5. Early Life
Charlemagne was born around 742, to Bertrada of Laon and Pepin the Short, who became the monarchs of the Franks in 751. Charlemagne’s exact birthplace is still not known for certain, though two possibilities are Liege, Belgium and Aachen, Germany. Little is known of the famed emperor’s chidhood and education, though as an adult he was proficienct with a number of languages, and could speak both Latin and Greek. After his father Pepin’s death in 768, the Frankish kingdom was divided between Charlemagne and his younger brother, Carloman. The brothers had a difficult relationship but, with Carloman’s death in 771, Charlemagne become sole ruler of the Franks.
4. Rise to Power
Over the next the next thirty years, Charlemagne, a ruthless warrior, continually expanded his kindgdom. In 772, he began a three-decades-long series of battles to reduce and beat the pagan Saxons to submission, while also waging campaigns against the Lombards in northern Italy, the Moors in northern Spain, and the Avars in modern-day Austria and Hungary, all of which he conquered and absorbed into his Frankish Kingdom. The Saxons were finally subdued in 804, many of them converting to Christianity in the process. They were now ruled by a triumphant Charlemagne, who had been crowned as Holy Roman Emperor at St. Peter's Basilica in Rome by Pope Leo III on Christmas Day, 800 AD.
Charlemagne conquered much of Europe, uniting his own Germanic tribes with many other peoples. He ruled with great administrative and diplomatic skills to an extent which rivaled the Western Roman Empire. Crucially, he ensured the survival of Christianity in the West, at a time when it was being increasingly threatened by Islam. Apart from this, he was a kind of Medieval humanist, promoting education and encouraging the "Carolingian Renaissance", a period of renewed emphasis on scholarship and culture. He instituted economic and religious reforms, and patronized the creation of a standardized form of writing. The latter ultimately became the basis for modern European printed alphabets.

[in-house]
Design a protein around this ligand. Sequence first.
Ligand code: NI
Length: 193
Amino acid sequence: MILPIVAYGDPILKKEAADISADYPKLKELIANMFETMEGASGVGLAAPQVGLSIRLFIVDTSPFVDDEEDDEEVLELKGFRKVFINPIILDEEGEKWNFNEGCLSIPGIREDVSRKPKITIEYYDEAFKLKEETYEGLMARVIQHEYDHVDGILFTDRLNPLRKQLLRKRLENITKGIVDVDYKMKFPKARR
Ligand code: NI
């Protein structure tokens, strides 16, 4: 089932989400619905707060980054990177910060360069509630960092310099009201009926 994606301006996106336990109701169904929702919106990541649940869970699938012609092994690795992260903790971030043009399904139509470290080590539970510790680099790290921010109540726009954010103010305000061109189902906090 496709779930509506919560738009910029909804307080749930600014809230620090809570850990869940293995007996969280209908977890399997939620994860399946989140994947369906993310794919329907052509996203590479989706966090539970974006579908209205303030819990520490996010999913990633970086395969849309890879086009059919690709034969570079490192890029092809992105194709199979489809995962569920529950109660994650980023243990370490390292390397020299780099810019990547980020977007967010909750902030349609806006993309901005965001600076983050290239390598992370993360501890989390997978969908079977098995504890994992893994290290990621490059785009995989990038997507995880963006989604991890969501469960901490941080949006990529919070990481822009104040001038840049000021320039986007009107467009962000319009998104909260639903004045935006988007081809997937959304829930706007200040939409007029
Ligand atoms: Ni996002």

It must be remembered that, above all, Charlemagne was a conqueror. Indeed, however progressive he may have been as a ruler, his conquests bathed Europe in blood. His three decades of warfare against the Saxons were particularly savage, marked as they were by pillaging, hostage-taking, mass kilings, deportation of rebellious Saxons, and draconian measures to enforce their acceptance of Christianity, acts which would not hardly endear him nor Christianity to his new subjects. As a ruler, he was doubtlessly far more feared than appreciated for his contributions to the advancement of culture and learning in his own time. Most of the benefits of his social reforms would only become apparent to most many years after their instigation.
1. Death and Legacy
According to his personal servant and biographer, Einhard, Charlemagne enjoyed good health until the last four years of his life. At that time he suffered from fevers and began to limp. After bathing in some warm springs, he developed a serious fever and died of what may have been pleurisy in 814. The empire he had founded with such energy didn’t last through the century, though Charlemagne’s name still endures. Historians have picked holes in his achievements, for example, criticizing his religious reforms for being too limited in breadth and scope, and his cultural program of having a clerical bias. Nevertheless, he’s widely regarded as a great unifier, and, to some, the father of Europe as we now know it.